Paul's got legs, Romney feet of clay, and Santorum grew wings

Summary:This is why I love the sport of politics. To see something completely unexpected, to see a triumph of hard work and retail politics, is just incredibly cool -- whether or not you like the candidate.

Winning is winning is winning. That'll be the mantra of the Romney campaign -- at least until the players take to the field again in New Hampshire next Tuesday.

See also: CBS News election results

Romney "won" Iowa, if you think winning by eight votes is winning. That's less people than stood in line at the local Publix deli counter last week, while I waited for my thinly sliced prosciutto. Even so, to the Romney camp, winning is winning, even if it's by a nose.

See also: Are these really the best America has to offer? (Campaign 2012)

The real surprise was Rick Santorum. Most of us pundits had written of former Pennsylvania senator quite some time ago, and we were right -- until last Friday or so. That's when he started to surge, pulling out ahead of all the other conservatives, blasting by Bachmann, passing by Perry, galloping past Gingrich, and pole-vaulting over Paul.

If those eight people had voted differently, Santorum would have won.

This, by the way, is why I love the sport of politics. We'll discuss Santorum as a leader later, but for now I want you to understand just how cool it is, after months of studying stats and patterns, to see something completely unexpected, a triumph of hard work and the most retail of retail politics.

See also: Campaign 2012: Once every four years, I wish I lived in Iowa

Santorum doesn't have anywhere near the campaign warchest of his rivals. Instead, he just drove himself around Iowa and pretty much met everyone in the state, met them in person, heard their stories, and told them his. That's actually what politics is supposed to be about. Like his positions or not (and I'm not a fan, frankly), you have to respect the process and the effort.

Santorum pulled off quite the upset and he has every right to crow about it.

While Romney and Santorum each got 25% of the vote, Paul came in a more distant third, with only 21%. Almost 4,000 fewer people voted for Ron Paul than Romney and Santorum.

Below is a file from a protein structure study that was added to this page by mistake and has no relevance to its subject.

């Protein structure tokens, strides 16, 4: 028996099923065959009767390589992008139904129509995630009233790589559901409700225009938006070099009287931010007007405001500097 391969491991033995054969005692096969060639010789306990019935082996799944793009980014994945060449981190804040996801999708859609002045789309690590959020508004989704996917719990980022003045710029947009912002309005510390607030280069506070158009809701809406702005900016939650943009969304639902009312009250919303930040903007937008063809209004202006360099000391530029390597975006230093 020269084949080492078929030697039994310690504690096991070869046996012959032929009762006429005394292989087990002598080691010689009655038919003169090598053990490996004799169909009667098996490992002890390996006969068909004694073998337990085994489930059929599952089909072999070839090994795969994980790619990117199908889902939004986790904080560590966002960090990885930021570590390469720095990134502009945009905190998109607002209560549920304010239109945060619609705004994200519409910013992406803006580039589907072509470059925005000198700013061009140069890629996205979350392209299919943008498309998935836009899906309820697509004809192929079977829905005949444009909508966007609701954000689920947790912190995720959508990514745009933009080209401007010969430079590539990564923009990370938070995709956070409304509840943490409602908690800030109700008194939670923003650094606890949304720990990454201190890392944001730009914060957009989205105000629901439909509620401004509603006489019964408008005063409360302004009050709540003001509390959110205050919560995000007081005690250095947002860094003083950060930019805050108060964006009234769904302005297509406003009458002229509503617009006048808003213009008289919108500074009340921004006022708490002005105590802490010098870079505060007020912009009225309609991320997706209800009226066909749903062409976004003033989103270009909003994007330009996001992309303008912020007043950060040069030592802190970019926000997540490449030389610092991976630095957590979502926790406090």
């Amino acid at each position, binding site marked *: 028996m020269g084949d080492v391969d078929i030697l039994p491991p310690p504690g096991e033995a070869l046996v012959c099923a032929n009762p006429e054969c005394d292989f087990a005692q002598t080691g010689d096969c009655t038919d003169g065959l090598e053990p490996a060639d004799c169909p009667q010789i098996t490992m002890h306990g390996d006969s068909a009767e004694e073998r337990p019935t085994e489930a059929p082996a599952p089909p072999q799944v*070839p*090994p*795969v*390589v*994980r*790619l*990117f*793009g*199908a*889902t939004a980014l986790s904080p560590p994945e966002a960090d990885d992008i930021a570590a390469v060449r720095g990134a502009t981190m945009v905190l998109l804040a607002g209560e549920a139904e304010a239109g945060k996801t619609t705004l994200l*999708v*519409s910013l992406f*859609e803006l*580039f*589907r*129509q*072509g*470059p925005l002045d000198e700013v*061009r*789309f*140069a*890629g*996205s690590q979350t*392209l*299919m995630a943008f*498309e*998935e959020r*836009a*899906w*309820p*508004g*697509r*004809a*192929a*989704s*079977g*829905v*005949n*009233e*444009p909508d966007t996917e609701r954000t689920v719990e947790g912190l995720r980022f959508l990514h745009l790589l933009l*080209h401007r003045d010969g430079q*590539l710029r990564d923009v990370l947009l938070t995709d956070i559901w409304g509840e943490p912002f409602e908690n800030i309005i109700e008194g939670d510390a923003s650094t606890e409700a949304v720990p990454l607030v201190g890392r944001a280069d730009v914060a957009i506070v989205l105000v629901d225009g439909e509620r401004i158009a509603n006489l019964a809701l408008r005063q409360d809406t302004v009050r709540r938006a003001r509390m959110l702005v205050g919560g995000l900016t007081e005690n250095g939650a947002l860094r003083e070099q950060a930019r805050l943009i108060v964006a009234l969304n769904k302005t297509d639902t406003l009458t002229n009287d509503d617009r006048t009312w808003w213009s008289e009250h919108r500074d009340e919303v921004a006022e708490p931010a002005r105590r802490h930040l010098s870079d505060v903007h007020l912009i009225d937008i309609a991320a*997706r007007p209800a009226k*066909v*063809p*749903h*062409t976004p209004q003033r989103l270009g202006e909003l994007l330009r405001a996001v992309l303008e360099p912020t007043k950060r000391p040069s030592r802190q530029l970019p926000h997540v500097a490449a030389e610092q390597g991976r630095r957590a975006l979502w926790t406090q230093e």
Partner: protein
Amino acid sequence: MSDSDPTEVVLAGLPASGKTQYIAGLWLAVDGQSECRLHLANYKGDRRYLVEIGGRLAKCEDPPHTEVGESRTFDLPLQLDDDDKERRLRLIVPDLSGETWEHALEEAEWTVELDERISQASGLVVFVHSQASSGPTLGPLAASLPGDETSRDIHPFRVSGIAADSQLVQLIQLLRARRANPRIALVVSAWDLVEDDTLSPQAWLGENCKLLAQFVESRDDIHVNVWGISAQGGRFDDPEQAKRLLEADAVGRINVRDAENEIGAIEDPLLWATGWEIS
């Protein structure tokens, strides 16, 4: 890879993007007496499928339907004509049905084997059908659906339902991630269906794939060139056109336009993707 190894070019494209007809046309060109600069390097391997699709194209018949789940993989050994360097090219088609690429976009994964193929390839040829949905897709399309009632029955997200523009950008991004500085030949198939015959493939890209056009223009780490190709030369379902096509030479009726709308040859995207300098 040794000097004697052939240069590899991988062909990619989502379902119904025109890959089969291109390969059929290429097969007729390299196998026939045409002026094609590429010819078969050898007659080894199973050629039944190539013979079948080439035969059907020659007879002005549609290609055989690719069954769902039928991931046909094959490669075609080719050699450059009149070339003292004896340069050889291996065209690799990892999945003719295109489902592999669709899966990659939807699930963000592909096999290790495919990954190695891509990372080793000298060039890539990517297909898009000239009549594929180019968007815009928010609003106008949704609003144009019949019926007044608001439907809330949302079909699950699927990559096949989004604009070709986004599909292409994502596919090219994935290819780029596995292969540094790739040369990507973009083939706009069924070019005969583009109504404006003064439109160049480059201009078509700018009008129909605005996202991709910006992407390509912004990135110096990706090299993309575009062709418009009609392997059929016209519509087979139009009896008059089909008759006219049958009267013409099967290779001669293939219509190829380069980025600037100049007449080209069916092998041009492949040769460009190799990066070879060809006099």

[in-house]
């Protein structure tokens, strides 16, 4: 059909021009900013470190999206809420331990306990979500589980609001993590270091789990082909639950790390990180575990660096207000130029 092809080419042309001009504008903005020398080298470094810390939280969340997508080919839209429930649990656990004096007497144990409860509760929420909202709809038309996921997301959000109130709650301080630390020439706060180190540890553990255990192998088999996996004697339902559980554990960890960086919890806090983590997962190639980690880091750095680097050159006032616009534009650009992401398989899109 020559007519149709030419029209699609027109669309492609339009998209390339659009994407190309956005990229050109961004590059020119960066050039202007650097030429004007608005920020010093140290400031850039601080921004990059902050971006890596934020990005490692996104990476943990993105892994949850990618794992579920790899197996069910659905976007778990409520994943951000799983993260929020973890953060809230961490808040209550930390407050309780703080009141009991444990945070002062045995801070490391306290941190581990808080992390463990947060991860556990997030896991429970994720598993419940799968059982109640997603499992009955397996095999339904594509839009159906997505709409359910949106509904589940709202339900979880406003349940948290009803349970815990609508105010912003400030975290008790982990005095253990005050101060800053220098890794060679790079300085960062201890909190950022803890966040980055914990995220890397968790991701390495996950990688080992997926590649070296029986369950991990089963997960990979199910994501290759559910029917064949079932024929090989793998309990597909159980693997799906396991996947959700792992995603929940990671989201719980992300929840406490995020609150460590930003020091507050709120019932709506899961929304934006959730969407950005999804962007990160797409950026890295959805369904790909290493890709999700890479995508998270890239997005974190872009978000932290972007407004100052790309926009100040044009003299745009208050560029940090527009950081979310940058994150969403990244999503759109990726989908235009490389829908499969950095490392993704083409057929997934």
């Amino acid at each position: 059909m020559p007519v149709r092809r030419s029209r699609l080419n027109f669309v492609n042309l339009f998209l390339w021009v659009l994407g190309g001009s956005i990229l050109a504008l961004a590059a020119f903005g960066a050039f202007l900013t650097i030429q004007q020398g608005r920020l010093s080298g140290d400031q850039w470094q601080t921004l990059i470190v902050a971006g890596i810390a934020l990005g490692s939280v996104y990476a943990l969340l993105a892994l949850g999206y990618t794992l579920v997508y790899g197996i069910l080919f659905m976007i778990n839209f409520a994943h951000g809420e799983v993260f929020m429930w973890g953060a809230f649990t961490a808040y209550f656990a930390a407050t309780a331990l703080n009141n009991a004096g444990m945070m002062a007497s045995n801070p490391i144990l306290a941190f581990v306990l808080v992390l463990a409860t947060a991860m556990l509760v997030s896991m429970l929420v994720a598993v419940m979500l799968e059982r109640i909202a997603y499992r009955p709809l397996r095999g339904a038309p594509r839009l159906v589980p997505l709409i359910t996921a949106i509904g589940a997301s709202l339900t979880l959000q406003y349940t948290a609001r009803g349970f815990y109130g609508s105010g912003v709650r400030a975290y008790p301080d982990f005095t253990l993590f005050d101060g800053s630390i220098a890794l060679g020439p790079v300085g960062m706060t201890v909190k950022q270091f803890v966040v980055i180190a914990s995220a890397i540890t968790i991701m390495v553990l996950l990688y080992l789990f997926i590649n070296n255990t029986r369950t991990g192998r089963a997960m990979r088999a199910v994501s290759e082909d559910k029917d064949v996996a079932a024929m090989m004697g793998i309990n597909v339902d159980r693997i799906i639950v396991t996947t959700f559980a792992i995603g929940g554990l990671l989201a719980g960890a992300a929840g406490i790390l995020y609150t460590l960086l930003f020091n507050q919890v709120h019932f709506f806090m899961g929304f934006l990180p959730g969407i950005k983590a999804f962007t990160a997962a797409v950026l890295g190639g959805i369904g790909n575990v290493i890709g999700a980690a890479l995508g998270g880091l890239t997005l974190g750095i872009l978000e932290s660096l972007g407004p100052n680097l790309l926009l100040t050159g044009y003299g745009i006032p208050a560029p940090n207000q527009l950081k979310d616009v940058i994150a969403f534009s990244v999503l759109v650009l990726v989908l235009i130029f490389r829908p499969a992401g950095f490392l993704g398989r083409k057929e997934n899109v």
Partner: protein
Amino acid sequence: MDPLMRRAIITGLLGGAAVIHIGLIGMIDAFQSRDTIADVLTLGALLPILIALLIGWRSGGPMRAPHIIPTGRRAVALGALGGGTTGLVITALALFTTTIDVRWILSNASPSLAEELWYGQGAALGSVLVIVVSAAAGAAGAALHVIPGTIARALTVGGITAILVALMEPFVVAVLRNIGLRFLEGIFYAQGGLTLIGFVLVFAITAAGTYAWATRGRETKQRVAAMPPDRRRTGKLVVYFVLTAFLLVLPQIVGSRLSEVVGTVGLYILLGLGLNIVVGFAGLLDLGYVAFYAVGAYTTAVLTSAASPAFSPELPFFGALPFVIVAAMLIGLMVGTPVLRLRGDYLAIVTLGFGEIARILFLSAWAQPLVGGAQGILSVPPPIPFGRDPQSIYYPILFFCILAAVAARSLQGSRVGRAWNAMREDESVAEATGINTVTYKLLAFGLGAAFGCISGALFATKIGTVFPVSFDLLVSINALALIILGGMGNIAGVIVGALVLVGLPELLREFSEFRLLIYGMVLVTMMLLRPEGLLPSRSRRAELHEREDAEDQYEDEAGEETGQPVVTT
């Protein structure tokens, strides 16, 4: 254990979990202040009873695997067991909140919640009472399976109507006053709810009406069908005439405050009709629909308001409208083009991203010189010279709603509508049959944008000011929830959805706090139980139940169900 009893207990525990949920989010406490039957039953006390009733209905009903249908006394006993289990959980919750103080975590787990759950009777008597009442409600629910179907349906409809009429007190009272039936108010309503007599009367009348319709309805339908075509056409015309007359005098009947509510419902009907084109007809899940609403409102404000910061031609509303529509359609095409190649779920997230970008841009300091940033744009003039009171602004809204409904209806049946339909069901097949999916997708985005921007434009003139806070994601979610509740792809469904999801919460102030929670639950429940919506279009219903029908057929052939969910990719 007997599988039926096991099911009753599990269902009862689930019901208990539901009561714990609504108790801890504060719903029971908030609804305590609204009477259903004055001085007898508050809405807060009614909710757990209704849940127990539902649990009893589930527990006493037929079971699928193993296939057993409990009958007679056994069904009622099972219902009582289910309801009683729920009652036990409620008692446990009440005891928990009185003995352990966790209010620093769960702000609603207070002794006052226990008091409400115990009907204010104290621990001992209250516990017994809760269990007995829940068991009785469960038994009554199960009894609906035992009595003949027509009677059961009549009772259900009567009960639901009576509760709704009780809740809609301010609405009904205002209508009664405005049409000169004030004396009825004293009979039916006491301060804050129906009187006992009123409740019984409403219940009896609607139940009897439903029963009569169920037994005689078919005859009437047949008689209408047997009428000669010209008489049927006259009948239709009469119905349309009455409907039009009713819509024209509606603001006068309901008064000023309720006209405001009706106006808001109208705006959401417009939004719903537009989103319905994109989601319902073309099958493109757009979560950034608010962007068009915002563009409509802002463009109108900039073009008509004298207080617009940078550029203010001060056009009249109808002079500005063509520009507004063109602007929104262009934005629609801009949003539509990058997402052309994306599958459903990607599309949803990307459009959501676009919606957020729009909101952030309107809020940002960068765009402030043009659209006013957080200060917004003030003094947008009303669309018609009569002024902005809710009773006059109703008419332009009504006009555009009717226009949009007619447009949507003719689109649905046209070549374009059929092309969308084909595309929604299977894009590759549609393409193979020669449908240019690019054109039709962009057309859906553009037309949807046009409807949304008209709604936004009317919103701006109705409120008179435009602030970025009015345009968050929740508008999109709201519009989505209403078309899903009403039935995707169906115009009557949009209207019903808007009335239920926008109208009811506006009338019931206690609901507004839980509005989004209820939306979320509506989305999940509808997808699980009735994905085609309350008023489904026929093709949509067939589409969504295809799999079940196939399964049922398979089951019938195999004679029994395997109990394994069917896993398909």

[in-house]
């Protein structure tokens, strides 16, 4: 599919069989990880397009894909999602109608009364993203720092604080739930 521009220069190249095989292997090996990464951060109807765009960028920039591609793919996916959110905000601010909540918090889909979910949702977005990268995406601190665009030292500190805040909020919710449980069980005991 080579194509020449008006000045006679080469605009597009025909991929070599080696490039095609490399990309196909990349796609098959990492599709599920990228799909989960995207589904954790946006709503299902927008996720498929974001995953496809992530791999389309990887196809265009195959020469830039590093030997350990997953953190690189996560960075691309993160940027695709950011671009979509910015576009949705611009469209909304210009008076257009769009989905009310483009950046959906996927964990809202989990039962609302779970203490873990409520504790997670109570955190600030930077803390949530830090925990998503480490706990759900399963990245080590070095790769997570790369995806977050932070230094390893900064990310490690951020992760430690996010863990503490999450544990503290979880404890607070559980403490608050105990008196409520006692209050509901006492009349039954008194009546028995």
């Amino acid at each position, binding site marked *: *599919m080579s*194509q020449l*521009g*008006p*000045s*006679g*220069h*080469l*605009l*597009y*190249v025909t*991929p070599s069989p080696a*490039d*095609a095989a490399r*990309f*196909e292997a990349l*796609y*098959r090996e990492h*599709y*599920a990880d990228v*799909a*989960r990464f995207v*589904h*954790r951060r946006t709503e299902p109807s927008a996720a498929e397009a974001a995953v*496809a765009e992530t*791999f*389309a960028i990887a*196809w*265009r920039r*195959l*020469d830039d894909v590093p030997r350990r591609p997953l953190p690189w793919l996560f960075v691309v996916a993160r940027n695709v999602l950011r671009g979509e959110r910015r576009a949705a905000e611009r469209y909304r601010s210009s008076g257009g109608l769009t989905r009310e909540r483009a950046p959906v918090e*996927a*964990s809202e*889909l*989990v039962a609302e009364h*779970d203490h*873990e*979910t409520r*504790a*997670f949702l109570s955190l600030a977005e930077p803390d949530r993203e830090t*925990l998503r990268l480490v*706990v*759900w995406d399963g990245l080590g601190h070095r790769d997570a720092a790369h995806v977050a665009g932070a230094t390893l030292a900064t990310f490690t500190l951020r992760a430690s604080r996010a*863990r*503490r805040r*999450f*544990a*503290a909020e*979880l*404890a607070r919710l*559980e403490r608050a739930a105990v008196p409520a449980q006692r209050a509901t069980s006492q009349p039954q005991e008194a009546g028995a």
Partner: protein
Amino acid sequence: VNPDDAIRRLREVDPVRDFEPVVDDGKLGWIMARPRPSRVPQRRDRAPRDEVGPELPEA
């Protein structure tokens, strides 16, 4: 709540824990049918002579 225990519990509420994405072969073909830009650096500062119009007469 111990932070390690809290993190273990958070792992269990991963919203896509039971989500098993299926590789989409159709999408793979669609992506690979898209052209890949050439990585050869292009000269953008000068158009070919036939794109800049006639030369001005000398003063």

While Iowa's only one state in 50, it's the first state with elections and we're going to start to see drop-offs if the other candidates don't make the leaderboard pretty darn soon.

So what does this mean for each candidate? Let's take a visit to our rogue's gallery yet one more time.

Mitt Romney

Mitt Romney comes out of very conservative Iowa with a win (barely). Even so, it's enough to keep up his momentum as he heads into New Hampshire next week. New Hampshire, where he has a home, and next to Massachusetts, is most likely a lock for the wealthy New Englander.

If Romney falters in New Hampshire, then he's in trouble. But that's actually highly unlikely and if he leaves New Hampshire with two wins under his belt, he's going to be very hard to unseat, especially as the other candidates start losing monetary support.

This is my first call of the 2012 election, but it's looking increasingly likely that Romney will be at the head of the 2012 ticket. That's not going to make a lot of conservatives happy, but given that a resounding 48% of those polled in Iowa think he can defeat President Obama, even the arch-conservatives will probably rally around him.

See also: What was Mitt Romney trying to hide by destroying hard drives?

Rick Santorum

Rick Santorum was yesterday's complete surprise. He resonated strongly with Iowa's Christian conservative voters. According to CBS polling data, a full 56% of Iowans identify themselves as White evangelical/born-again Christians. A full 33% of these people voted for Santorum.

This is actually quite odd. Although Santorum has come out strongly conservative, advocating teaching both "intelligent design" and "teaching the controversy," he's actually a Catholic, not a born-again evangelical. Many evangelicals are somewhat uncomfortable with Catholics, and given that Perry and Bachmann are evangelicals and Ron Paul is a Baptist, you would have thought that the evangelicals would have sided with one of those three.

Santorum is now on the map, and expect him to raise more money now that he's actually shown such an impressive game. That said, he's unlikely to score well in New Hampshire. The following week is South Carolina, and after that Florida, and if putting theology before science resonates anywhere, it's in the deep south.

Here's another early prediction: the GOP ticket will be Romney/Santorum.

Ron Paul

Ron Paul proved he has legs. He scored almost as well as Romney and Santorum and, statistically at least, it's a three-way race. Paul appeals to young libertarians and stands a fair chance of doing well next Tuesday in New Hampshire.